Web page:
Gaming with words

As I am interested in those topics that emerge from the digital / analogue relation I have been approaching to some videogame texts. I liked very much one from Body & Society, Technologies of Captivation: Videogames and the Attunement of Affect of James Ash (2013, p.27-51). The article speaks of videogames experiences, and, as the author expresses: how a person shapes their sensory conduct with regard to the nonverbal readings and feedback they receive from the ‘intense space’ that the game environment produces, and how the sensory feedback users gain from the game environment alters the sensual framework of their future habits and conduct. I liked the way in which the author works the concepts of attunement, captivation, intense space, the body “as a retentional apparatus for experience”, and the work on the relationship between experiences of time, space and technology.
On the other hand, I’ m reading a very interesting book of Helen Thornham: Ethnographies of the Videogame (2011). While reading, Thornham’s book I realised that, the important issue that Ash brings about the tuning between the player and the game: “this attunement and the atmosphere it generates between users will then affect the way in which the user community, as a whole, approaches the game”, must be linked to the need of reconceptialize gaming as a performed, lived and embodied experience, “embed gaming technology into the social power dynamics of the household” as she argues (Thornham; 2011: 17). Because focusing on the videogame logic or in individual processes of gaming present a risk of deny aspects of gaming as well as the discourses, dialogues and cultures of online games, as the author emphasizes.
The open skills that gamers develop and lies in the ability to respond to events in context-specific ways and emerge in the moment, that Ash explains, are also shaped in the social relationships that are socially negociated, in the way Thornham suggests. That it is the social setting of gaming, which is shaping gameplay and how it can be articulated (2011; 48). This wider viewpoint, that proposes to go beyond the study of videogames themselves, favours the approach on gaming for example as a gendered field of negotiation, “but not because men and women  necessarily play differently. It is gendered because the wider utilizable discourses to which each individual can turn to in order to outline pleasure, desire, or investment, is deeply gendered (…) It becomes apparent that gaming is not only about a particular game or situation: it is also about pleasure, desire,performance, identification and dependes perhaps most importantly (Butler’ s phrase), on whom is imaginating whom” (Thornham; 2011: 48-49).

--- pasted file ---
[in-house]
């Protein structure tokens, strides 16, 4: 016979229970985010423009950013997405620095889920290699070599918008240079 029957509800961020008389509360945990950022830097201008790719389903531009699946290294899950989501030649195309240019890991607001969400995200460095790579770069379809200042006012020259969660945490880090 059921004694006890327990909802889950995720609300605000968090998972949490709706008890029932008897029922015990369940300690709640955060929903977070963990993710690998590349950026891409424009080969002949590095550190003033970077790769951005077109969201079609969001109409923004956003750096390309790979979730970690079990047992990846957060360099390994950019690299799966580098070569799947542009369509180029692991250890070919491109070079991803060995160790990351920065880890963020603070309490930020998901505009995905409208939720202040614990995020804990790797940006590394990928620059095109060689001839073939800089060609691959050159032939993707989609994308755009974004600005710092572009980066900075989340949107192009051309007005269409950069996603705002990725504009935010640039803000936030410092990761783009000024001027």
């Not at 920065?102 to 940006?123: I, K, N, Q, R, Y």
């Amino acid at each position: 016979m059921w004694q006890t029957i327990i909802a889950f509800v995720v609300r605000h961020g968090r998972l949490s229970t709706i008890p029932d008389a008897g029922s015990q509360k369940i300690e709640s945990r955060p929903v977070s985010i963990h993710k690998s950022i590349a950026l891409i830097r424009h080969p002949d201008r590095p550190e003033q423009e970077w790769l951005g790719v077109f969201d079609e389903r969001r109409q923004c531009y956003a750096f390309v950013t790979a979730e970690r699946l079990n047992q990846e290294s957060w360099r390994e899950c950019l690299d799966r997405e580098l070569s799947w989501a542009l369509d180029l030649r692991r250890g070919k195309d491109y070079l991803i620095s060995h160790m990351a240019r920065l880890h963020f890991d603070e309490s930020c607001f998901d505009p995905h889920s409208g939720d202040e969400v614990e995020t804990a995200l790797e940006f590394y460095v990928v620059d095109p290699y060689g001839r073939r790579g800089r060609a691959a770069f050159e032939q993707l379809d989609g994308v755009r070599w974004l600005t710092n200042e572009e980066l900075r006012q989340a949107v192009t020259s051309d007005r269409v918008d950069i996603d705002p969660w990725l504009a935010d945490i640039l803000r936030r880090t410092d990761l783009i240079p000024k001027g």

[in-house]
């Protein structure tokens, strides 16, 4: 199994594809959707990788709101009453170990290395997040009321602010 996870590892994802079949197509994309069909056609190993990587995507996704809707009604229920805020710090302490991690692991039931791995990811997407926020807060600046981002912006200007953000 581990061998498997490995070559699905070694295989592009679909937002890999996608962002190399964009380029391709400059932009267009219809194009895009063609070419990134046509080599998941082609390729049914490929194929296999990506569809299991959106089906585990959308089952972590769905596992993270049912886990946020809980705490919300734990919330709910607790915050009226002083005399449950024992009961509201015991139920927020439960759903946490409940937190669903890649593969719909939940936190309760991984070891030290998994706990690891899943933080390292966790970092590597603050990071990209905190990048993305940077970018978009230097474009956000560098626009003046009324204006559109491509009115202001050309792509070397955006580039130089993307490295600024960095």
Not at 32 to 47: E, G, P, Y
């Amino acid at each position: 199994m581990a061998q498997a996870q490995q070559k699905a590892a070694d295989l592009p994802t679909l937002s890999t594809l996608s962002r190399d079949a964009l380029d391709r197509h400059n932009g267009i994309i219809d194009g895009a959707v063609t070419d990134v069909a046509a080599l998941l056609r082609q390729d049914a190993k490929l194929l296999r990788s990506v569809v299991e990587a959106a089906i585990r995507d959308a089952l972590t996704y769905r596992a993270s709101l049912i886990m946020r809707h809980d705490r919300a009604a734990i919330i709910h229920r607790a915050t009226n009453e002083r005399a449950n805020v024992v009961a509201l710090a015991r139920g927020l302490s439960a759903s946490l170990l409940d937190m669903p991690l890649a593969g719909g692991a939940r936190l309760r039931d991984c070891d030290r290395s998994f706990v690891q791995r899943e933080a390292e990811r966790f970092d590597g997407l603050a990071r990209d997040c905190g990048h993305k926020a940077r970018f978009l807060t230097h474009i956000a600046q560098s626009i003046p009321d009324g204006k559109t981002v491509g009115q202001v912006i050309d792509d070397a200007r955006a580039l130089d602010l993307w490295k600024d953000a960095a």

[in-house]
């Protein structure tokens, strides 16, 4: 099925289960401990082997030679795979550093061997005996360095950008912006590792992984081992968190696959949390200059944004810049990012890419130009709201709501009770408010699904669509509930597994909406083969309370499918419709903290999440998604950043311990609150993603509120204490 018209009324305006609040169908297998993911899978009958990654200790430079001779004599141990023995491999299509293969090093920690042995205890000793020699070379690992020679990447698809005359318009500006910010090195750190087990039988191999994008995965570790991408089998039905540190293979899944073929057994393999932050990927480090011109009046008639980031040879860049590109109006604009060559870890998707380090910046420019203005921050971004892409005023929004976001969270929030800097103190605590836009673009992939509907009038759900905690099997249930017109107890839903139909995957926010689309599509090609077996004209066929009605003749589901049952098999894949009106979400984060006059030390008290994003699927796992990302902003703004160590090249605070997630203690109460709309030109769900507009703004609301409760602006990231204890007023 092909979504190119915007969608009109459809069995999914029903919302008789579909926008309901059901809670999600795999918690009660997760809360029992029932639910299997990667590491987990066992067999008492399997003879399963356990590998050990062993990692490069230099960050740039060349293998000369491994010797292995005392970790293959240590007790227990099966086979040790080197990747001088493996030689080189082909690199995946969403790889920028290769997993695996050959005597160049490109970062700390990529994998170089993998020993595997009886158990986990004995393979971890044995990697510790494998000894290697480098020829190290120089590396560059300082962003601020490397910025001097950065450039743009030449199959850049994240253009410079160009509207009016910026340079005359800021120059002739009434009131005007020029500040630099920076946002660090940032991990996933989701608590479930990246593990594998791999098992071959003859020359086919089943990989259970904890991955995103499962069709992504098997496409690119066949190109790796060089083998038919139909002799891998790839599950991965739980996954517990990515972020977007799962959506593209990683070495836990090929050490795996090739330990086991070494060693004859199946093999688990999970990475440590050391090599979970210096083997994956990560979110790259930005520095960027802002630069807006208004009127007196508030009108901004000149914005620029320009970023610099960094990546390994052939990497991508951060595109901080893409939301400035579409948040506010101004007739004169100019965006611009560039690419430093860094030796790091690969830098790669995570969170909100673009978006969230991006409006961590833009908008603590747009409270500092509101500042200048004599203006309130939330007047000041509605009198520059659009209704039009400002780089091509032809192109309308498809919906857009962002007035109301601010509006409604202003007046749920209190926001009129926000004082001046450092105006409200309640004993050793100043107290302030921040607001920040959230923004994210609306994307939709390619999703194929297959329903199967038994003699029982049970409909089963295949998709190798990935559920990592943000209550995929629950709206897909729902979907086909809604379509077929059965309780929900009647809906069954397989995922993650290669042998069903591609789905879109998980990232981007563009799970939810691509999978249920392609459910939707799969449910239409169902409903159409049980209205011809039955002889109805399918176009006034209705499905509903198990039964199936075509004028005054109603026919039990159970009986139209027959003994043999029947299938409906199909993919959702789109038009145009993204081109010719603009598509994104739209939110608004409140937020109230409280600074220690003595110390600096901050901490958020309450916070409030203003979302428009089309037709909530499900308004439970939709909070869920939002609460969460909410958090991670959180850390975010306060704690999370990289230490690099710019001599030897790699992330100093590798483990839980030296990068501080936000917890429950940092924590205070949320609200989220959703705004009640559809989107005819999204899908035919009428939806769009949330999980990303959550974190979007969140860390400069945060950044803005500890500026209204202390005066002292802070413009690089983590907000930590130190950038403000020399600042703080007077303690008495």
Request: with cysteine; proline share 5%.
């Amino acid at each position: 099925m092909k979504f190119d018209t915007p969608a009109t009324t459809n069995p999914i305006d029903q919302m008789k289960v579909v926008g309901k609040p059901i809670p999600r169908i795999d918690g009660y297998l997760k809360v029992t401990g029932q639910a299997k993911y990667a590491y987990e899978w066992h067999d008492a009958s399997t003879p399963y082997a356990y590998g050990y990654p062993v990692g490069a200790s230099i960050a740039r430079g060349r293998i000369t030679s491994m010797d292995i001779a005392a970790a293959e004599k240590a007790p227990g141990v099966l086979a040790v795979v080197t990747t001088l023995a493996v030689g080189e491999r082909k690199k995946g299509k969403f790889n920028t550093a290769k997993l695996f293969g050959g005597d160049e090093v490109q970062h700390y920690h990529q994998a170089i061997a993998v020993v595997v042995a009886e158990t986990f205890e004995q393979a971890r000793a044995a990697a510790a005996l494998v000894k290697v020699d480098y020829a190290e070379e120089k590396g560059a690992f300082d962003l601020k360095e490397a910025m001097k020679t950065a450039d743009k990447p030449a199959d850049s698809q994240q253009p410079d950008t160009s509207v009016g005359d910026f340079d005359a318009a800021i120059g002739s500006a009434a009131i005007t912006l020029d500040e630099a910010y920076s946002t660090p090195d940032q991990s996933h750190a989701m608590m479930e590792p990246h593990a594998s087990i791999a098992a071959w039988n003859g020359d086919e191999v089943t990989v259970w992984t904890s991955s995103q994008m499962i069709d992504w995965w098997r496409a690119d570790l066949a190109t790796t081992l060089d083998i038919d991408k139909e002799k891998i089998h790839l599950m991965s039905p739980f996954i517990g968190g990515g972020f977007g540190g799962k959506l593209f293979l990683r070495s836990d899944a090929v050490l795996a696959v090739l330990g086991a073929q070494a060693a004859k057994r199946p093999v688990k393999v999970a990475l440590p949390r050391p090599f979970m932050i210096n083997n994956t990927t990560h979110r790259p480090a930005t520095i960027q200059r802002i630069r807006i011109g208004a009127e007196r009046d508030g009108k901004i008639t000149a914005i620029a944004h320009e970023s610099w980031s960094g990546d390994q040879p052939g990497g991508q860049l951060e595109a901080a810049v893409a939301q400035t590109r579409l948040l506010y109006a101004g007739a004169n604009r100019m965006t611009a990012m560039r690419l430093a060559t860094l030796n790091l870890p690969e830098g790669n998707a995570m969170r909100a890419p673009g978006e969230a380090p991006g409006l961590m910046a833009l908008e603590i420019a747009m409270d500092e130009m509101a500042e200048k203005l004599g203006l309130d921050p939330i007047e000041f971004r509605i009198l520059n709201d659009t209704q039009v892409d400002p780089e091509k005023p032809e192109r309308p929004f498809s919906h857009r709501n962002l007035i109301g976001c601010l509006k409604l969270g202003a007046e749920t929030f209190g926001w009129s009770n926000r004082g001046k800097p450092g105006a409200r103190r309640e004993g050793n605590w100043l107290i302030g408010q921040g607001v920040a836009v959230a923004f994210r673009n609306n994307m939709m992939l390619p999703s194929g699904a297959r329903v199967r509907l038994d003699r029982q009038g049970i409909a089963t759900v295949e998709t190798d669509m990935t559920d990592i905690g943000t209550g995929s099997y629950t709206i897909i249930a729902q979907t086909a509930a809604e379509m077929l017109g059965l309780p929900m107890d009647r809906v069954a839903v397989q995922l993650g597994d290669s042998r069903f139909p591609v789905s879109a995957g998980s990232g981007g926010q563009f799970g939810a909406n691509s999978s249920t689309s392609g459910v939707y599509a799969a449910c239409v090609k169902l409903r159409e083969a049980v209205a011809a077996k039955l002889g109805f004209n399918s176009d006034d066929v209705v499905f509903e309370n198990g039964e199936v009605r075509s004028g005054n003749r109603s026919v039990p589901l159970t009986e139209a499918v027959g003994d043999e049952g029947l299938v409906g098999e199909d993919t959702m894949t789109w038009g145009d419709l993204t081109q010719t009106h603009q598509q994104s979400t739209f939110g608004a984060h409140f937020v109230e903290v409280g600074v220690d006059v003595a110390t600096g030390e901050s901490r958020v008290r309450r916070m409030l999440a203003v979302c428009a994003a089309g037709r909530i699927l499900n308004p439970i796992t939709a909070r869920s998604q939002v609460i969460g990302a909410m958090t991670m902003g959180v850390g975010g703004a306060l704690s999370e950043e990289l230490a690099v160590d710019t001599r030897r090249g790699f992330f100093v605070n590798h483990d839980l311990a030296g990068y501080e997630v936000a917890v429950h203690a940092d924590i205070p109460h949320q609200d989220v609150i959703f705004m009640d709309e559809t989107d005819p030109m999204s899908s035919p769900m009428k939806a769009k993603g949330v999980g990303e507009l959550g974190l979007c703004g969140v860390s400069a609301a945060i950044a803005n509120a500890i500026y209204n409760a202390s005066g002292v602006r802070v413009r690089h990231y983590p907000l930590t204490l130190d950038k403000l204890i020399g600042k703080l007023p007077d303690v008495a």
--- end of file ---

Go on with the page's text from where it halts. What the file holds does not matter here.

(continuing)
Ash is focused in how users become attuned to videogame environments through engaging with a specific videogame and it is an intimate relation with the game which is showed in his work, by developing very productive ideas. But, perhaps, good ideas need broader contexts of analysis, to go further and see what happens beyond the individual sensations and perceptions, to see the tree and the forest could be a better idea…
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